Monday, March 29, 2010

Publication ban prevents any reporting of today's Basi-Virk pre-trial hearing

I was in BC Supreme Court today for a pre-trial hearing in the Basi-Virk/BC Legislature Raid case.

And because of a ban on publication imposed by presiding Justice Anne MacKenzie, I can't report on any - repeat any - of today's proceedings - or any others that may be scheduled.

Not now and not until a verdict has been reached in the trial that starts May 3.

The only possible bit of news I can report to you is that it appears MacKenzie recognized the error in her original March 2 publication ban - that ban would have prevented media from reporting on the trial itself for its duration!

As previously noted on this blog, MacKenzie's publication ban - instituted on her own order and not requested by either Crown or defence counsel - read as follows:

"Pursuant to s. 648 of the Criminal Code and the inherent jurisdiction of the court, no information about these proceedings including evidence, submissions, rulings and Reasons for Judgment shall be published in any document or broadcast or transmitted in any way until the jury renders its verdict or until further order of the Court."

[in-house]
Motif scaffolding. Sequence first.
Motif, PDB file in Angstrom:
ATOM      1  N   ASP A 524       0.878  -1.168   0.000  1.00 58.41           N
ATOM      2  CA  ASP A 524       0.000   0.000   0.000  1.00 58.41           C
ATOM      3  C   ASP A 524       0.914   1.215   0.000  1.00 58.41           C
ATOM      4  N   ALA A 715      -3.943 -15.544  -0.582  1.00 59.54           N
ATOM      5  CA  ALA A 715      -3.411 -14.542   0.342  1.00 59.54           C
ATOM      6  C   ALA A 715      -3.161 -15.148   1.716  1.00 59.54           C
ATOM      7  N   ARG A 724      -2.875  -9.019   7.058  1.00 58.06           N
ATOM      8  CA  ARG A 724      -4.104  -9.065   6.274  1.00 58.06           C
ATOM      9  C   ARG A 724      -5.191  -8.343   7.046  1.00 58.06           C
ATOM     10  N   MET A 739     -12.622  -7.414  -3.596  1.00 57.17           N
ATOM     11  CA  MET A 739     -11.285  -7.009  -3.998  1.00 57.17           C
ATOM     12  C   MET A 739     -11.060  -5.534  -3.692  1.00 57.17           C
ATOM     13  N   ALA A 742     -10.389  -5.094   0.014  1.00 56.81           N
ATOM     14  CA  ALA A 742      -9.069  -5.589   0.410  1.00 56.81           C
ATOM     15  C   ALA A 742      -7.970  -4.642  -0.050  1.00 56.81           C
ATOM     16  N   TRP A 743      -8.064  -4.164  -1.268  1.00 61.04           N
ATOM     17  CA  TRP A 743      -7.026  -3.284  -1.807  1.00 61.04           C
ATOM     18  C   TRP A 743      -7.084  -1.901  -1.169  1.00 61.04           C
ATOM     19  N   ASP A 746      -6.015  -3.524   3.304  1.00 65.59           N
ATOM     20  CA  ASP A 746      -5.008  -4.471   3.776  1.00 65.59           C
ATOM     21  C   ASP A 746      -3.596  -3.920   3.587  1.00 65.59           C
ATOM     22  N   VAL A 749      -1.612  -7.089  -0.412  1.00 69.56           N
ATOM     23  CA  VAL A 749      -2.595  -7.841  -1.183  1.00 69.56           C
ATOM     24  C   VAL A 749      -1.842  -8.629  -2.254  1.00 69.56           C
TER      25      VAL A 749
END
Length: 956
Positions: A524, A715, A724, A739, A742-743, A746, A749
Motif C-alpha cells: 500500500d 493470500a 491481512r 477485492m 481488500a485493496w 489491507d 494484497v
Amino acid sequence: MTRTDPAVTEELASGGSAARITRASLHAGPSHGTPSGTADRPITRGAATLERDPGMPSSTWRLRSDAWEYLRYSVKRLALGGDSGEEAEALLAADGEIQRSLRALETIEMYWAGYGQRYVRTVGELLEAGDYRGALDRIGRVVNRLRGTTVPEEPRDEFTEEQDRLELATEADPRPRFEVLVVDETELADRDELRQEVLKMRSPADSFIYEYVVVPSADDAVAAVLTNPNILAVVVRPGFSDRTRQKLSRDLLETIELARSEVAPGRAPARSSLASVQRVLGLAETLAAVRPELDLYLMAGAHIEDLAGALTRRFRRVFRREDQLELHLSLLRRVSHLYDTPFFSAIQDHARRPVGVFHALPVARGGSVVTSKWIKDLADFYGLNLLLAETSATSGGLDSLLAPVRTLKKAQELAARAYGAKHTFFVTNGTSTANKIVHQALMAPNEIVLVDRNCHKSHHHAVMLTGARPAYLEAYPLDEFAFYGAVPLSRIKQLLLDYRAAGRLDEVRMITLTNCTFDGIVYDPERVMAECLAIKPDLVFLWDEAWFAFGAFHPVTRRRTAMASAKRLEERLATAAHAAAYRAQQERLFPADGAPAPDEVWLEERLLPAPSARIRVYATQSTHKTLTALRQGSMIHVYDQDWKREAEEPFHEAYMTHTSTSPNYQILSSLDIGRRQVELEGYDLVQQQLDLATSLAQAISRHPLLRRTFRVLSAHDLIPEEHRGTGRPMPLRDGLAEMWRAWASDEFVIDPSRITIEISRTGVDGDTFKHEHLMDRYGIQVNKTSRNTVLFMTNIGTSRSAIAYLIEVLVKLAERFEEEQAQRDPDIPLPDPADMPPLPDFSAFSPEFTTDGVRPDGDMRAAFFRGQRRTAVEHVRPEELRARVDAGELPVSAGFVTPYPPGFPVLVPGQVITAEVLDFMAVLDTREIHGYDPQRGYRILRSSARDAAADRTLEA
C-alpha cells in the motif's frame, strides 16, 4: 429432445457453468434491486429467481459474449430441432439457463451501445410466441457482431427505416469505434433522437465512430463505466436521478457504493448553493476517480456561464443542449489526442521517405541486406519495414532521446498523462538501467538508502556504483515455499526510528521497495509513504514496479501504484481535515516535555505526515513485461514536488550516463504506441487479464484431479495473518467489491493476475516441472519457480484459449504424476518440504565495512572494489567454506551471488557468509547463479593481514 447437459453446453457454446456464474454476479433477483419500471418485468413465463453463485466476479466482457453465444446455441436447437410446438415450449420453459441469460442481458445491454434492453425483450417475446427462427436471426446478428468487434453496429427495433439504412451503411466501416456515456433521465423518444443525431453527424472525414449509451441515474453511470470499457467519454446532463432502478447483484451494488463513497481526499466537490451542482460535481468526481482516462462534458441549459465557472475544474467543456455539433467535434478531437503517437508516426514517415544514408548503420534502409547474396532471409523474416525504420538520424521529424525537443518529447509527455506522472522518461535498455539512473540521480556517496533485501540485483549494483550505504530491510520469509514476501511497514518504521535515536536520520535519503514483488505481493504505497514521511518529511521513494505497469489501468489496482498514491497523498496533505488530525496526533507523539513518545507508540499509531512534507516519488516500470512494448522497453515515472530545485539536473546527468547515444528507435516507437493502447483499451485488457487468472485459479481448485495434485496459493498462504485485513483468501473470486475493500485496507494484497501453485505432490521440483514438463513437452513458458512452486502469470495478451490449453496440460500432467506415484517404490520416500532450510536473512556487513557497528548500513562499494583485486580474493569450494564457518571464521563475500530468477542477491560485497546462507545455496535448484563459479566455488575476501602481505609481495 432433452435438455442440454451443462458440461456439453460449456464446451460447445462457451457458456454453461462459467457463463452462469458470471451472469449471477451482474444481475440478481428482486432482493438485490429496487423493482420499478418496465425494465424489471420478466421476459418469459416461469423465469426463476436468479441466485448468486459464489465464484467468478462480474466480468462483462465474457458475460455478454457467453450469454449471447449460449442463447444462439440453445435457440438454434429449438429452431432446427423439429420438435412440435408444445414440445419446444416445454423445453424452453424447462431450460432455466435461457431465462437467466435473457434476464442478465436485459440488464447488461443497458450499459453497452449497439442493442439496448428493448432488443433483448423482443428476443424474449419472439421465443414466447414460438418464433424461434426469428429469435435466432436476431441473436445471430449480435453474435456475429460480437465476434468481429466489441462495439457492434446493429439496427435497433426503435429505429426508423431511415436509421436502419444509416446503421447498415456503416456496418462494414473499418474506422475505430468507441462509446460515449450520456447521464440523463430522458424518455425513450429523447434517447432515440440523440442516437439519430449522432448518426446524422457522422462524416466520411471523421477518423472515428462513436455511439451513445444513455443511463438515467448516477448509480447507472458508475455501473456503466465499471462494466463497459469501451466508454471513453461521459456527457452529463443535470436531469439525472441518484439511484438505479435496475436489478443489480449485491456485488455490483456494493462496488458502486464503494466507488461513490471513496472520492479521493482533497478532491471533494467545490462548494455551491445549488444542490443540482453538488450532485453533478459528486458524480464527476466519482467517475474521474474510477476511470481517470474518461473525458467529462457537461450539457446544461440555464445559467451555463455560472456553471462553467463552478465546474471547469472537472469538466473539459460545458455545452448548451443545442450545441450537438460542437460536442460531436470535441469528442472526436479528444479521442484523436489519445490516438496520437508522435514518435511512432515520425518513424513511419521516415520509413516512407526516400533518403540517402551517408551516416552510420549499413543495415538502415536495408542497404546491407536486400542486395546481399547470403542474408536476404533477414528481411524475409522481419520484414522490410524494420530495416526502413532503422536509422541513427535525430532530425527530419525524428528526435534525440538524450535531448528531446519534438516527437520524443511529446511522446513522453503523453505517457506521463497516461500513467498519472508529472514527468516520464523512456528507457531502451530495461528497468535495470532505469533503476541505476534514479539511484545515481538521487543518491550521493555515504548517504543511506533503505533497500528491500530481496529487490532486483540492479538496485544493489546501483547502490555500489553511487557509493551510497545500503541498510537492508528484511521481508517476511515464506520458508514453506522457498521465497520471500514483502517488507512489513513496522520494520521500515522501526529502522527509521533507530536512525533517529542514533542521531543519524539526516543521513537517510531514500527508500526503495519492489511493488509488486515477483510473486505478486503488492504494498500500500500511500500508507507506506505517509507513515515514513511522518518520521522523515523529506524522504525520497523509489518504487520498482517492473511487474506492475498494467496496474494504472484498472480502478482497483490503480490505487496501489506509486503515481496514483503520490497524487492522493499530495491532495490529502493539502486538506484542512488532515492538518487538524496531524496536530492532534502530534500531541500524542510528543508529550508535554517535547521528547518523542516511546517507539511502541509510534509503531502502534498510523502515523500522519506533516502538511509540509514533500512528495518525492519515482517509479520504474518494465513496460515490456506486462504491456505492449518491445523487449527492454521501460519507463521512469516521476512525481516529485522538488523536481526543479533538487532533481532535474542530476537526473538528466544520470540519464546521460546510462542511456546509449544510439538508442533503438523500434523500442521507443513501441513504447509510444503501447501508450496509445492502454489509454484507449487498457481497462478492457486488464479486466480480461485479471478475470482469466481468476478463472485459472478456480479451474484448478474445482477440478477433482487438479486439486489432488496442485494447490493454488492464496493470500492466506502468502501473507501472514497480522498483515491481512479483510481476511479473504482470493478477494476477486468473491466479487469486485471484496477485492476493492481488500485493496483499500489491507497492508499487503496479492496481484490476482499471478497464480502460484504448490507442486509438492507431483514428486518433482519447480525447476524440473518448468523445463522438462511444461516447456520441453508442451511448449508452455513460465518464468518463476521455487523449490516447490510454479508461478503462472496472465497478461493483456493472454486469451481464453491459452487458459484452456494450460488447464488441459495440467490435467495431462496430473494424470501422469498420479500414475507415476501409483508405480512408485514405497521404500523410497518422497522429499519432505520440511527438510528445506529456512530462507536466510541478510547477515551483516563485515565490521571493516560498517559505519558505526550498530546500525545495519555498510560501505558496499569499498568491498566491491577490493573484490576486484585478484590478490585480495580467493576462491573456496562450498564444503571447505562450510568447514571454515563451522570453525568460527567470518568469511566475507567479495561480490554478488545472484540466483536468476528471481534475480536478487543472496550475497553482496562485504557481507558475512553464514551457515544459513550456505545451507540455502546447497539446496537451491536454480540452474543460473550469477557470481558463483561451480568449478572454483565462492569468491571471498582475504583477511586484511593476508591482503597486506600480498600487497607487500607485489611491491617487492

Note that there is no reference to "in the absence of the jury" - if that phrase were included media could report on all matters the jury was present to hear - in other words, the evidence presented, testimony of witnesses, etc.

However, it appears that on March 4 - two days after the publication ban order was signed by MacKenzie - that the ban was revised to include that phrase.

The Supreme Court of BC website publication ban section now reads as follows:

"Vancouver Supreme Court

Registry Number: 23299

Case Name:R. v. Udhe Singh (Dave) Basi

Date: 04/03/2010

Pursuant to s. 648 of the Criminal Code and the inherent jurisdiction of the court, there shall be no publication in any document or broadcast or transmission of any evidence, submissions, rulings or Reasons for Judgment given in these proceedings in the absence of the jury until the jury renders its verdict or until further order of the Court."

That indicates daily testimony in front of the jury will indeed be reportable - thank goodness!

Meanwhile - I would love to tell you what was discussed in court, which lawyers representing which clients were attending, who else was present, and what was decided - but I can't.